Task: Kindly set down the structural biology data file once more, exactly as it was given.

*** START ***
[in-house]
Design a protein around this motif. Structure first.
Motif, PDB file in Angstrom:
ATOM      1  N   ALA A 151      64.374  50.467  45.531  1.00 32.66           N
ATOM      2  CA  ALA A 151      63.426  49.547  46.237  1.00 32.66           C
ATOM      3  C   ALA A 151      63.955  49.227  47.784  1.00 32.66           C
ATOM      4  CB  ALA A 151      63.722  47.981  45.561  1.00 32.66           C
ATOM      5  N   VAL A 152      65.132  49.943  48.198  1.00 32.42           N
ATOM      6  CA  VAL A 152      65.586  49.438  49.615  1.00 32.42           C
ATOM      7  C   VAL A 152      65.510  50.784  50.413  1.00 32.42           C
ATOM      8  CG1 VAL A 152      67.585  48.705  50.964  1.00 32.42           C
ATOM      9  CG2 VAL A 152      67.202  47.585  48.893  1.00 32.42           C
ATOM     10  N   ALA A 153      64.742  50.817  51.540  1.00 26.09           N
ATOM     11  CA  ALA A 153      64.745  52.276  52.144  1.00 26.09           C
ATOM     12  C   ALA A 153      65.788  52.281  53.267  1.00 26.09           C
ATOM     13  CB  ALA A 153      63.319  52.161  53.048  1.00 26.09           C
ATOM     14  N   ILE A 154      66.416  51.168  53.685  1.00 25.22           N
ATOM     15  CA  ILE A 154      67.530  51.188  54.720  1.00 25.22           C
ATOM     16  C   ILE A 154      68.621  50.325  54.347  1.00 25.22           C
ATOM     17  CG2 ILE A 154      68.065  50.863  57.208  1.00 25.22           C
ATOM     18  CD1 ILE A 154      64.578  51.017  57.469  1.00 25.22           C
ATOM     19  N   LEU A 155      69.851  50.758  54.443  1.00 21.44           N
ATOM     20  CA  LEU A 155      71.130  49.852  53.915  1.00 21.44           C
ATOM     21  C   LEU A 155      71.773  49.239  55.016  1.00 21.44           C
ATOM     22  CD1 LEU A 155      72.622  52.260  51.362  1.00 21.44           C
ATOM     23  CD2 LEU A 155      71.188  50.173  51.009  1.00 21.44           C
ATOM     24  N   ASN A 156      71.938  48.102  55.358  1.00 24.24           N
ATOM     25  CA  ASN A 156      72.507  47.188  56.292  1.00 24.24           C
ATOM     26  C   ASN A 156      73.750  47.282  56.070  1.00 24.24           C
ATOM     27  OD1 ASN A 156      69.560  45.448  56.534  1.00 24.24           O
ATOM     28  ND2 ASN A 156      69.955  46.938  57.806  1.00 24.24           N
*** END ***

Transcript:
[in-house]
Design a protein around this motif. Structure first.
Motif, PDB file in Angstrom:
ATOM      1  N   ALA A 151      64.374  50.467  45.531  1.00 32.66           N
ATOM      2  CA  ALA A 151      63.426  49.547  46.237  1.00 32.66           C
ATOM      3  C   ALA A 151      63.955  49.227  47.784  1.00 32.66           C
ATOM      4  CB  ALA A 151      63.722  47.981  45.561  1.00 32.66           C
ATOM      5  N   VAL A 152      65.132  49.943  48.198  1.00 32.42           N
ATOM      6  CA  VAL A 152      65.586  49.438  49.615  1.00 32.42           C
ATOM      7  C   VAL A 152      65.510  50.784  50.413  1.00 32.42           C
ATOM      8  CG1 VAL A 152      67.585  48.705  50.964  1.00 32.42           C
ATOM      9  CG2 VAL A 152      67.202  47.585  48.893  1.00 32.42           C
ATOM     10  N   ALA A 153      64.742  50.817  51.540  1.00 26.09           N
ATOM     11  CA  ALA A 153      64.745  52.276  52.144  1.00 26.09           C
ATOM     12  C   ALA A 153      65.788  52.281  53.267  1.00 26.09           C
ATOM     13  CB  ALA A 153      63.319  52.161  53.048  1.00 26.09           C
ATOM     14  N   ILE A 154      66.416  51.168  53.685  1.00 25.22           N
ATOM     15  CA  ILE A 154      67.530  51.188  54.720  1.00 25.22           C
ATOM     16  C   ILE A 154      68.621  50.325  54.347  1.00 25.22           C
ATOM     17  CG2 ILE A 154      68.065  50.863  57.208  1.00 25.22           C
ATOM     18  CD1 ILE A 154      64.578  51.017  57.469  1.00 25.22           C
ATOM     19  N   LEU A 155      69.851  50.758  54.443  1.00 21.44           N
ATOM     20  CA  LEU A 155      71.130  49.852  53.915  1.00 21.44           C
ATOM     21  C   LEU A 155      71.773  49.239  55.016  1.00 21.44           C
ATOM     22  CD1 LEU A 155      72.622  52.260  51.362  1.00 21.44           C
ATOM     23  CD2 LEU A 155      71.188  50.173  51.009  1.00 21.44           C
ATOM     24  N   ASN A 156      71.938  48.102  55.358  1.00 24.24           N
ATOM     25  CA  ASN A 156      72.507  47.188  56.292  1.00 24.24           C
ATOM     26  C   ASN A 156      73.750  47.282  56.070  1.00 24.24           C
ATOM     27  OD1 ASN A 156      69.560  45.448  56.534  1.00 24.24           O
ATOM     28  ND2 ASN A 156      69.955  46.938  57.806  1.00 24.24           N